New Balance Rebel V2
Fast, fun, and surprisingly versatile

Rabbit Running Clothes: Incredibly soft, high quality clothing for your next run
Feetures Socks: Massively grippy socks that will make you feel more one with the shoe
Trigger Point Foam Roller: Help get those knots out post-run and feel better for tomorrow
Coros Pace 2 Watch: Excellent watch for various running goals and a massive battery life
Theragun Massager: This small version is great on the go for working tired legs


Compare Daily Trainer
Hoka Clifton 8 -
The classic Hoka trainer returns for it's eighth iteration. Soft and comfortable, but maybe not for everyone as our editor Matt Klein goes into
Asics Novablast 2 - The 2020 favorite comes back with a restabilized heel aimed at accommodating more runners
Skechers GoRun Ride 9 - The very soft hyperburst provides a soft platform for everyday training in a relatively light package
Puma Velocity Nitro - Puma's brand new Nitro series delivers the Velocity, their well-priced daily trainer that we found does it all comfortably with a protective ride that's right in between soft and firm
Saucony Ride 14 - The Ride 13 was a bit hit in 2020 for being one of the best do-it-all trainers. 2014's version only refines the formula, making it the best Ride yet.

Recently at Doctors of Running
NEW: Stability Shoe Resource Center
Podcast Episode 51: Mailbag, Part 2

Visit our July Round Up for all the latest at Doctors of Running
Hoka One One Bondi X Review: We look into Hoka's latest carbon plated trainer
Thanks for reading!


Dr. Brown is a 155 lb male with notable PRs of 18:18 5K, 39:25 10K, 1:29:01 half marathon, and 3:54 marathon. He typically runs between 20-40 miles per week at a variety of paces from 7:30-8:30 min/mile for recovery runs to 6-6:45 min/mile for tempo runs. He typically prefers shoes that provide some cushioning underfoot but still maintain a more firm and responsive feel. Current goals for 2020 are to break the 1.5 hour half marathon and 3:30 marathon. IG handle: @nate.docsofrunning

Editor's Note: As always, the views presented on this website belong to myself or the selected few who contribute to these posts. This website should not and does not serve as a replacement for seeking medical care. If you are currently injured or concerned about an injury, please see your local running physical therapist. If you are in the Los Angeles area, I am currently taking clients for running evaluations.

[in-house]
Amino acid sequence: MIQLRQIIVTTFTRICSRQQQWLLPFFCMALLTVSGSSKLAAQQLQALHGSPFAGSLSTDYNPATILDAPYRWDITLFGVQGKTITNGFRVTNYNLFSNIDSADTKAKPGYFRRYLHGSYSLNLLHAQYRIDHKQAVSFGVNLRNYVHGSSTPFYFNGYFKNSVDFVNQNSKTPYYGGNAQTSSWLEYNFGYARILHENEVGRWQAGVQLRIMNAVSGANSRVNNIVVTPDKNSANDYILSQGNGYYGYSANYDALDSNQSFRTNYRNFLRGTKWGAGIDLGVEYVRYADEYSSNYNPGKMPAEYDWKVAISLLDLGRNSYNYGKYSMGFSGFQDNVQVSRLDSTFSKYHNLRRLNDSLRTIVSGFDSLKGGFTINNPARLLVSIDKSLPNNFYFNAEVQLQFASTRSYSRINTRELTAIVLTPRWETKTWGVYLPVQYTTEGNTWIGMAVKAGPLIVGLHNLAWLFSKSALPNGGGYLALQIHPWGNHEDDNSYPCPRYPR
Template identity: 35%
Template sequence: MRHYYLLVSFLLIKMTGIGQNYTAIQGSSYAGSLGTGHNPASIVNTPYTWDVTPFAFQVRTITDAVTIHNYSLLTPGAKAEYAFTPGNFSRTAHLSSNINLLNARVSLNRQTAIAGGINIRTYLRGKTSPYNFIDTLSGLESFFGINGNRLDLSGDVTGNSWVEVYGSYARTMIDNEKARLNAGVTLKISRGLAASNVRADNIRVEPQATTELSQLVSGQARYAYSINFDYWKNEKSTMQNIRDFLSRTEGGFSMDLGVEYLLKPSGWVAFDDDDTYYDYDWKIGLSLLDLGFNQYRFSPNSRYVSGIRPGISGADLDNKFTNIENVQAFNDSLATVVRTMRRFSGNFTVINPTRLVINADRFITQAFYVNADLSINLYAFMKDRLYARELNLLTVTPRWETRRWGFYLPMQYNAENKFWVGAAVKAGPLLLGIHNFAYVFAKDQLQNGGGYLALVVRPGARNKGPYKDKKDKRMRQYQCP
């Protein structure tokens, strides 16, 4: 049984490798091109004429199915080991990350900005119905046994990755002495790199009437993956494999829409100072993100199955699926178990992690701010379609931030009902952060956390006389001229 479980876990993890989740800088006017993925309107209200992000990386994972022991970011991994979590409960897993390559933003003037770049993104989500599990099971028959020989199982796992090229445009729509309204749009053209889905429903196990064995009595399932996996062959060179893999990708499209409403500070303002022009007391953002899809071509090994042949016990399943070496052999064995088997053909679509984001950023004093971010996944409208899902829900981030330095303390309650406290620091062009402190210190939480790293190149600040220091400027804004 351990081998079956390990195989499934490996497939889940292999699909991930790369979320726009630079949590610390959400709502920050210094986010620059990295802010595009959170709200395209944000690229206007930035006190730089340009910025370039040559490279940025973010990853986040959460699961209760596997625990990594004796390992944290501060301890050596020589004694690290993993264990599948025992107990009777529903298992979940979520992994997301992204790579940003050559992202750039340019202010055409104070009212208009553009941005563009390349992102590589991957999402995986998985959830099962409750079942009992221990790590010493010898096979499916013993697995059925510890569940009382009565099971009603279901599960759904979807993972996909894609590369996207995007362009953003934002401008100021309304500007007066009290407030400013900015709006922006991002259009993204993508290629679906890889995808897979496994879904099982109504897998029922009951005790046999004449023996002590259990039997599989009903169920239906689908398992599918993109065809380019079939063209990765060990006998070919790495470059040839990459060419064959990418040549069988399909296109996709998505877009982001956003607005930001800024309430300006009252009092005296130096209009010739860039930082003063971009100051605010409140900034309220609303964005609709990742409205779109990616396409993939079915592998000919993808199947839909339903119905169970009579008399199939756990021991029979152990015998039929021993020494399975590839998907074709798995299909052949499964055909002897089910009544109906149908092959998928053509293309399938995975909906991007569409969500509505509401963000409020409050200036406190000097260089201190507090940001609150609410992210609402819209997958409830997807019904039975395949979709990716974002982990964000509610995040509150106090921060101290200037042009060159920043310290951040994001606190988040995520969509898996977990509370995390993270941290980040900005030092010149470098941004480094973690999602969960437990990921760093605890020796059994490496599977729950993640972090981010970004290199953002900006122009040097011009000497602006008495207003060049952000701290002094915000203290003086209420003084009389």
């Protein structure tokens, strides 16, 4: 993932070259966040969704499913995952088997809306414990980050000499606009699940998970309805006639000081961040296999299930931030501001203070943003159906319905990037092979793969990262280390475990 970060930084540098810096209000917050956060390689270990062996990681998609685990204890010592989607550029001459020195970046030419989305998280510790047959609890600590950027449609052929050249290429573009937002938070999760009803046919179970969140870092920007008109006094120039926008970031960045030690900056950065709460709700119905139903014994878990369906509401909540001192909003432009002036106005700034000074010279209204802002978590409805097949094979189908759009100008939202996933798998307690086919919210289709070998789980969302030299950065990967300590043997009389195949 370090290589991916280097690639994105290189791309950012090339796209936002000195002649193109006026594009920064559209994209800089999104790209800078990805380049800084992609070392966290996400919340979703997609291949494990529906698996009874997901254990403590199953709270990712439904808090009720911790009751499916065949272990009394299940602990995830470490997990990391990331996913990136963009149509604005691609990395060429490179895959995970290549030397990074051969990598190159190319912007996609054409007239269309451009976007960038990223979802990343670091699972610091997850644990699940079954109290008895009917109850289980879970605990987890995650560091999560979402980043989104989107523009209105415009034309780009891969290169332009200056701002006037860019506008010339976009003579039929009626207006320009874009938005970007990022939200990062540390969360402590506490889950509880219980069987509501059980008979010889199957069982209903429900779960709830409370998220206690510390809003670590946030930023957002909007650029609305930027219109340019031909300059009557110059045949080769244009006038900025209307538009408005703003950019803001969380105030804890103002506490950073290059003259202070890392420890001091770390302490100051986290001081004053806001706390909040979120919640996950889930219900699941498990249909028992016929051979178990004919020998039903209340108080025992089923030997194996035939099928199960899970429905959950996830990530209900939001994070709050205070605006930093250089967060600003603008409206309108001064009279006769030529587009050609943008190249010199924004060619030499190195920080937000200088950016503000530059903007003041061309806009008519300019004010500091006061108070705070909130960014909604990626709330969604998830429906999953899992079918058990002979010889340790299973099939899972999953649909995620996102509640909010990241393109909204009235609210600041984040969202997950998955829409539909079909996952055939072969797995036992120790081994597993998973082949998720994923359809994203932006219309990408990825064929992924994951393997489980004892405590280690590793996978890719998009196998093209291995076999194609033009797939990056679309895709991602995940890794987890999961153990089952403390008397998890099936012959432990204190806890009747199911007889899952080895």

Doctor of Physical Therapy
Board Certified Orthopedic Clinical Specialist
Fellow of the American Academy of Orthopedic Manual Physical Therapists

Nathan Brown PT DPT MS
Doctor of Physical Therapy 
Masters in Anatomy and Clinical Health Science
Movement Performance Institute Certified in Advanced Functional Biomechanics 

David Salas PT DPT CSCS
Doctor of Physical Therapy
Certified Strength and Conditioning Specialist

Bach Pham MS
Marketing and Social Media Manager
Master of Arts in Cultural Anthropology

***Disclaimer: These shoes were provided free of charge in exchange for a review.  We thank the  people at Running Warehouse for sending us a pair.  This in no way affected the honesty of this review. We systematically put each type of shoe through certain runs prior to review. For trainers and performance trainers, we take them on daily runs, workouts, recovery runs and a long run prior to review (often accumulating anywhere from 20-50 miles in the process). For racing flats we ensure that we have completed intervals, a tempo or steady state run run as well as a warm up and cool down in each pair prior to review. This systematic process is to ensure that we have experience with each shoe in a large variety of conditions to provide expansive and thorough reviews for the public and for companies. Our views are based on our extensive history in the footwear industry and years testing and developing footwear. If you are a footwear rep looking for footwear reviews or consultations on development, we are currently looking to partner with companies to assist, discuss and promote footwear models. Partnership will not affect the honesty of our reviews.

Like and Follow Doctors of Running
Facebook: Doctors of Running Youtube Channel: Doctors of Running 

Please feel free to reach out, comment and ask questions!


Bottom Ad [Post Page]

// ]]>